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After 40 Years, Record Label Has Deep Roots in American Music

After 40 Years, Record Label Has Deep Roots in American Music
After 40 Years, Record Label Has Deep Roots in American Music

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BARBARA KLEIN: Welcome to THIS IS AMERICA in VOA Special English. I’m Barbara Klein. Rounder Records is an independent music company celebrating its fortieth anniversary. Rounder is a major label that specializes in roots music, including bluegrass and old-time country. This week on our program, we look at Rounder's history and listen to some of its artists.


That was Alison Krauss and Robert Plant with "Rich Woman." That song received one of the more than fifty Grammy Awards that have gone to Rounder recordings.

Two men and a woman started the company in nineteen seventy. Ken Irwin, Bill Nowlin and Marian Leighton Levy were friends. They knew each other from their college days in the Boston, Massachusetts, area in the nineteen sixties. They were not musicians, but they had seen people whose music they thought should be documented.

A few months ago, Ken Irwin and Marian Leighton Levy spoke on Tuned In Broadcasting's "Music Business Radio" program from Nashville.

Ken Irwin told how he got the idea to start a record company after meeting someone else who wanted to do the same. But he says he and his two friends didn't really know much about the music business.

KEN IRWIN: "So when this thought came about starting a record label we already had a few ideas of people that we'd like to record. But even after that, even after our first two records which came out in nineteen seventy, our only initial goal was to make one record which we thought would be a classic in a field. So if you thought about fiddle records, we would have one of the great fiddle records that would make it into the top ten or top banjo record. But we certainly didn't have goals. I don't know if we had ever heard of Grammys at that point. Or if we had they certainly wouldn't have entered our consciousness."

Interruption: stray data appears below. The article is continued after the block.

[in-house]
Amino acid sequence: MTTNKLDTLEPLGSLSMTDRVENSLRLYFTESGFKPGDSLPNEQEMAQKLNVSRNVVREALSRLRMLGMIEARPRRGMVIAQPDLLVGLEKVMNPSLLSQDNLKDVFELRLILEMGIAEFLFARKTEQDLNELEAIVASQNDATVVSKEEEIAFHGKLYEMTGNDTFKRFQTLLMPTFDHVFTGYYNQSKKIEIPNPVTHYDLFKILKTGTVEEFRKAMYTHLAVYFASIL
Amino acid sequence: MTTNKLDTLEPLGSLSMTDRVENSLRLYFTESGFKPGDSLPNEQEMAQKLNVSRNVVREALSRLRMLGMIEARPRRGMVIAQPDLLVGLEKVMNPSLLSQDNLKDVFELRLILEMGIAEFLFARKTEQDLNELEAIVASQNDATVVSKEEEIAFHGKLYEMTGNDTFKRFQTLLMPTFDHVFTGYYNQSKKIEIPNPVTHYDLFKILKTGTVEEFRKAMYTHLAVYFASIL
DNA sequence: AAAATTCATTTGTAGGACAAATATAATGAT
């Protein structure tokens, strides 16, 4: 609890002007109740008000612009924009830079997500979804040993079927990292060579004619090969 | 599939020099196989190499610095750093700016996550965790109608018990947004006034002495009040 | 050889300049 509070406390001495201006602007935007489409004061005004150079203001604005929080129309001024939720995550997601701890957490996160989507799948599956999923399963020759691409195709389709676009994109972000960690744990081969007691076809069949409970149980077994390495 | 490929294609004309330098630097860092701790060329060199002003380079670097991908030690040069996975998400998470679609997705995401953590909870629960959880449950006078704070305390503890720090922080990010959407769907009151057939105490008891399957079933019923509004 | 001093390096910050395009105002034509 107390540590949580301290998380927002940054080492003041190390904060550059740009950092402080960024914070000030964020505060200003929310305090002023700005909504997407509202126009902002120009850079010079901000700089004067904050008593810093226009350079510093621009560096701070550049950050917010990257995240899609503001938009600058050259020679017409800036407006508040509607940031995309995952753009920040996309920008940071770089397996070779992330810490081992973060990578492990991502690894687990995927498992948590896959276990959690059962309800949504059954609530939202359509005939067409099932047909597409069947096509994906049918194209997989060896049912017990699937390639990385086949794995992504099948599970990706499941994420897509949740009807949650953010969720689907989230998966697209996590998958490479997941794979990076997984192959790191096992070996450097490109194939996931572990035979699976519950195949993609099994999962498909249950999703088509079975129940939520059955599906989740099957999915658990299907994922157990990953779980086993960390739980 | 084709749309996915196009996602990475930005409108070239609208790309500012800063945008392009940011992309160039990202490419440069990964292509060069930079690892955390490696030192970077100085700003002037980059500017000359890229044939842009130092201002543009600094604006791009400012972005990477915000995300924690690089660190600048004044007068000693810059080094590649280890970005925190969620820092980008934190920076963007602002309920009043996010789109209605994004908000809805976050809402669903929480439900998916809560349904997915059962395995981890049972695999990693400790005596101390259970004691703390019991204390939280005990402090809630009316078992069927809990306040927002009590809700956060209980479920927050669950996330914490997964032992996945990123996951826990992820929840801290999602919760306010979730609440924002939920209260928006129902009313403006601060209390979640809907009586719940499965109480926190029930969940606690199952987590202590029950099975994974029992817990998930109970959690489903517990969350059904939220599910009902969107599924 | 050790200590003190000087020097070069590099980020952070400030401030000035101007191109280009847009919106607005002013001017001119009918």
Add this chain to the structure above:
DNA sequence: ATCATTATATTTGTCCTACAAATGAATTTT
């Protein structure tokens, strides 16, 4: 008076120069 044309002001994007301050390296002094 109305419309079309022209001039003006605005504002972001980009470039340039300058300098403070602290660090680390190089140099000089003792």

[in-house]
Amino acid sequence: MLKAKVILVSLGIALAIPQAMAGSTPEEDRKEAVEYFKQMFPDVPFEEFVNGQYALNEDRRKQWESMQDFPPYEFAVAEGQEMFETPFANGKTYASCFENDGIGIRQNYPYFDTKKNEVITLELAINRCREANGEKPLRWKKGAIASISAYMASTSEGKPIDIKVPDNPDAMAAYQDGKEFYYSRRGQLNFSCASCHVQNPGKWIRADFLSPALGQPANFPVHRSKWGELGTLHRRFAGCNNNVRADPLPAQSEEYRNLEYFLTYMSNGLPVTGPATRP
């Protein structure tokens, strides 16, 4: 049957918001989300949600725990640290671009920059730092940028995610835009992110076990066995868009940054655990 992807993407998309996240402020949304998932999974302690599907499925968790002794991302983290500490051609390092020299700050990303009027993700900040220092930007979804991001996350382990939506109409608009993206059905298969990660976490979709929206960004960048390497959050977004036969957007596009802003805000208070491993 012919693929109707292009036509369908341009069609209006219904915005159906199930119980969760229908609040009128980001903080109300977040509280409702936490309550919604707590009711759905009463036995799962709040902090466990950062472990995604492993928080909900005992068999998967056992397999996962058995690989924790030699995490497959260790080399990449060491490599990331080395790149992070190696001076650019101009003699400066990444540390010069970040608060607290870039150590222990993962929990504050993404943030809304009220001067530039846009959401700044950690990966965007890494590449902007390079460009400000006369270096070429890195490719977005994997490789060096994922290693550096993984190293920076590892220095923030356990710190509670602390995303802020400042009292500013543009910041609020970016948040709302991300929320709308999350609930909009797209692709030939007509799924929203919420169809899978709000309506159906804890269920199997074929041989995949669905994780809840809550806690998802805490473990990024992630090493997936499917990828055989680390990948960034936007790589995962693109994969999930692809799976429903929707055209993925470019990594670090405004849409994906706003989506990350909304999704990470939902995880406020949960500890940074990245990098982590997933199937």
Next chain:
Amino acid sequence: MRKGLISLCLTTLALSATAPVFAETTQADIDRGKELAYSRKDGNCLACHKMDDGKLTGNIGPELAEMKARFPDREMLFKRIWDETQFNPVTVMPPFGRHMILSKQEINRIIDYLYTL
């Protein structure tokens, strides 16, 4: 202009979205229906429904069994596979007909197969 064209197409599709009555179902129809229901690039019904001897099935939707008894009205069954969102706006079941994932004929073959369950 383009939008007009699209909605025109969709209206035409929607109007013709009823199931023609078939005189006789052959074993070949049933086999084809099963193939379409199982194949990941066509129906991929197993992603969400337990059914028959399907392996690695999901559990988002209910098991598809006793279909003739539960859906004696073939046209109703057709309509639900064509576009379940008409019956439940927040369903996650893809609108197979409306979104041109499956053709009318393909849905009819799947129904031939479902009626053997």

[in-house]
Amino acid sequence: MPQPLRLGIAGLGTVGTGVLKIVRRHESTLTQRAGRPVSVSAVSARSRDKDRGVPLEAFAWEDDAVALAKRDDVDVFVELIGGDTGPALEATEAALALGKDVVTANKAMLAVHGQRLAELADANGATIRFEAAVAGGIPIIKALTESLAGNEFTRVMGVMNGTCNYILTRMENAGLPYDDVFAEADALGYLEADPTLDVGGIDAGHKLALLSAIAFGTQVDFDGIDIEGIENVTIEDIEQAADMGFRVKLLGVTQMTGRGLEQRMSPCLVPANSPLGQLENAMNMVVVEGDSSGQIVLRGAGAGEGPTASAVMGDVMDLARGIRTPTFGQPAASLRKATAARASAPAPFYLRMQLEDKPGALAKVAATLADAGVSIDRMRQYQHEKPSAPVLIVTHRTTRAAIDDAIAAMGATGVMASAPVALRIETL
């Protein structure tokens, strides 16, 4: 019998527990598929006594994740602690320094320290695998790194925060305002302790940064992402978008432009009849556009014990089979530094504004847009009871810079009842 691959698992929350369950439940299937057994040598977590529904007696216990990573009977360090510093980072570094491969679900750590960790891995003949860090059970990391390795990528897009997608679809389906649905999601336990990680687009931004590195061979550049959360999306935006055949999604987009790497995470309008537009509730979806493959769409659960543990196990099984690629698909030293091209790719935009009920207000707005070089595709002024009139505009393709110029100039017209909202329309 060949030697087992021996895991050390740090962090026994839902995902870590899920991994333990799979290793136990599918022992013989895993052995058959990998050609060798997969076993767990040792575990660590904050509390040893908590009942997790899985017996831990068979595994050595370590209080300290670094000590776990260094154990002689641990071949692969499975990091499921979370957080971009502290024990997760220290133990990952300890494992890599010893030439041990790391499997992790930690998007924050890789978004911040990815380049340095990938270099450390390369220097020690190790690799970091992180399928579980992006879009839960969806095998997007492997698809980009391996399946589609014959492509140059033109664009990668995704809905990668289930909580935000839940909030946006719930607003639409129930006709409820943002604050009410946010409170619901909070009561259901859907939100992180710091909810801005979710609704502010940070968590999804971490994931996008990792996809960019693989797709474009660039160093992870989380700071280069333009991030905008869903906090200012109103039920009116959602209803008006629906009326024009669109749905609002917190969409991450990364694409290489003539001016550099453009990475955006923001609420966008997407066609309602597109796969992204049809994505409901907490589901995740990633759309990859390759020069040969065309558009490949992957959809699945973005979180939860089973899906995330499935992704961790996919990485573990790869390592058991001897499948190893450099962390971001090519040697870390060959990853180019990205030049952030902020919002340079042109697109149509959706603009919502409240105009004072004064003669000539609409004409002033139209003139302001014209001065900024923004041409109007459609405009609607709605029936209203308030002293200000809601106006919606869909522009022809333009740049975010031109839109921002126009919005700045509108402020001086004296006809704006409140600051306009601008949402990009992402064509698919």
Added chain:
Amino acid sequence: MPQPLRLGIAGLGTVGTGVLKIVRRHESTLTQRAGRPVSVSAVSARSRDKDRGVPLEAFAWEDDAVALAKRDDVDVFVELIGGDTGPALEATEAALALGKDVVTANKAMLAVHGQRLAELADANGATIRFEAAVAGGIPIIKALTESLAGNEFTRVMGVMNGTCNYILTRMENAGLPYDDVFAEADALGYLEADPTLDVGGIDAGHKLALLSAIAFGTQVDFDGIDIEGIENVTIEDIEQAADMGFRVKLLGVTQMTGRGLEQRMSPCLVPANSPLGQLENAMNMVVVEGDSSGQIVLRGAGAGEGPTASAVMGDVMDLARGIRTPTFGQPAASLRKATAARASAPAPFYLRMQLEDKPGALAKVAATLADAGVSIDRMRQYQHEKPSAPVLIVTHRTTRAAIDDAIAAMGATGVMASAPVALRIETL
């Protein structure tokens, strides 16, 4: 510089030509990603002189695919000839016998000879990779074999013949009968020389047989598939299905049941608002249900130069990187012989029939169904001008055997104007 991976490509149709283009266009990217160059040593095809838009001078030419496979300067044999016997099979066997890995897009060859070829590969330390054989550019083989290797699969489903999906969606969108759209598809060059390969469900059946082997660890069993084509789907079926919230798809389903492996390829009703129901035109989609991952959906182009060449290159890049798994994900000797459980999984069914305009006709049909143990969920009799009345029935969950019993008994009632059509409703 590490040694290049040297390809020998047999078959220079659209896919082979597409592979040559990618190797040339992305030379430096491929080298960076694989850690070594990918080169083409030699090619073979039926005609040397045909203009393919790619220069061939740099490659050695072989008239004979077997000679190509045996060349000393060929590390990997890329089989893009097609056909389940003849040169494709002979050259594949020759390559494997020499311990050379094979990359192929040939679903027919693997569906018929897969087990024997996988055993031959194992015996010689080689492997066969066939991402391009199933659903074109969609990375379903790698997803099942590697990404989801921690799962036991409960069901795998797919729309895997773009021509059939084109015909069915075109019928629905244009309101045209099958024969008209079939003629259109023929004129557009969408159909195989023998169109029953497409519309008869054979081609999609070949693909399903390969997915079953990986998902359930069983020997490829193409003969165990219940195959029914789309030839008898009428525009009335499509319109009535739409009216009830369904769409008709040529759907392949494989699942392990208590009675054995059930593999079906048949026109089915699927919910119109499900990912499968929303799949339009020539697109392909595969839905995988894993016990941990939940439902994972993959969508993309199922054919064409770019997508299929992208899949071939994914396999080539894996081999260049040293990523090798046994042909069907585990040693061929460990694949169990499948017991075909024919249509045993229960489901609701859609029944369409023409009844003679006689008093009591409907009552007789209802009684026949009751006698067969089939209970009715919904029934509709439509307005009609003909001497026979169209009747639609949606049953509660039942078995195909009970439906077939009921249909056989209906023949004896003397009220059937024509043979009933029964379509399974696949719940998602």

Rounder Records celebrated its fortieth anniversary with a concert in October at the Grand Ole Opry in Nashville, Tennessee. Public television stations around the country broadcast the event last month, and Rounder has released a concert album.

One of Rounder's artists is sometimes called the best banjo player in the world. Bela Fleck brings a modern sound to this traditional string instrument.

Here he is at the Rounder concert performing "Another Morning."


Another Rounder artist is Mary Chapin Carpenter. On April twenty-seventh she will receive the "Spirit of Americana" Free Speech in Music Award at the Newseum, a museum of news in Washington. That same day her new album "The Age of Miracles" comes out.

Mary Chapin Carpenter released her first album for Rounder in two thousand seven. "The Calling" included this song which she performed at the fortieth anniversary concert, "Why Shouldn't We?"


Other Rounder artists include groups that perform the music of the Creole and Cajun cultures of Louisiana. At the anniversary concert, Nathan and the Zydeco Cha Chas played "Think About the Good Times."


Minnie Driver joined Rounder Records in two thousand one. The performer from Britain was already known as an actress. She was in films such as "Circle of Friends," "Big Night" and "Good Will Hunting."

At the Rounder anniversary concert, she performed a song from her two thousand seven album "Seastories." Here is "Beloved."


Another Rounder recording artist is Alison Krauss. She signed with the label when was a young bluegrass fiddler from Champaign, Illinois. She was just fourteen years old. Now she is thirty-eight and has twenty-seven Grammy Awards.

Her group Union Station includes the famous dobro guitar player Jerry Douglas. At the Rounder anniversary concert, Alison Krauss and Union Station played "Restless" from their album "Lonely Runs Both Ways."


We leave you now with the grand finale that brought the fortieth anniversary concert for Rounder Records to a close.


Our program was written by Nancy Steinbach and produced by Caty Weaver. I'm Barbara Klein. You can find transcripts, MP3s and podcasts of our programs at You can also write about your favorite musicians and tell us about others you would like to hear. Visit us at our Web site and on Facebook, at VOA Learning English. And join us again next week for THIS IS AMERICA in VOA Special English.